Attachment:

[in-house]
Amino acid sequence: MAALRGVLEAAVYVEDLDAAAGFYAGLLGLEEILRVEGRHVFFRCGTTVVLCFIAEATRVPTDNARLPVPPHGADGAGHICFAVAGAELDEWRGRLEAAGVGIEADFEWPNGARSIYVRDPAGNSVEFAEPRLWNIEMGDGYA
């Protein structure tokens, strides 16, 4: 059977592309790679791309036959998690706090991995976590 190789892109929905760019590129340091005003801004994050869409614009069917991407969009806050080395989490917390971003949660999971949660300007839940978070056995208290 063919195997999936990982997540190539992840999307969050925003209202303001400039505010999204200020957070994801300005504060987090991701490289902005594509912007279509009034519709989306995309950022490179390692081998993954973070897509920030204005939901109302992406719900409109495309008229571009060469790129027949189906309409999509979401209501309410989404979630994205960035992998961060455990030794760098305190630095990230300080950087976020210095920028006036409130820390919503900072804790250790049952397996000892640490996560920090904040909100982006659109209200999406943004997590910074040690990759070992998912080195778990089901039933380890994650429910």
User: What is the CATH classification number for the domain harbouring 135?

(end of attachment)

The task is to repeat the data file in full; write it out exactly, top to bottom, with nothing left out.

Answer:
[in-house]
Amino acid sequence: MAALRGVLEAAVYVEDLDAAAGFYAGLLGLEEILRVEGRHVFFRCGTTVVLCFIAEATRVPTDNARLPVPPHGADGAGHICFAVAGAELDEWRGRLEAAGVGIEADFEWPNGARSIYVRDPAGNSVEFAEPRLWNIEMGDGYA
């Protein structure tokens, strides 16, 4: 059977592309790679791309036959998690706090991995976590 190789892109929905760019590129340091005003801004994050869409614009069917991407969009806050080395989490917390971003949660999971949660300007839940978070056995208290 063919195997999936990982997540190539992840999307969050925003209202303001400039505010999204200020957070994801300005504060987090991701490289902005594509912007279509009034519709989306995309950022490179390692081998993954973070897509920030204005939901109302992406719900409109495309008229571009060469790129027949189906309409999509979401209501309410989404979630994205960035992998961060455990030794760098305190630095990230300080950087976020210095920028006036409130820390919503900072804790250790049952397996000892640490996560920090904040909100982006659109209200999406943004997590910074040690990759070992998912080195778990089901039933380890994650429910």
User: What is the CATH classification number for the domain harbouring 135?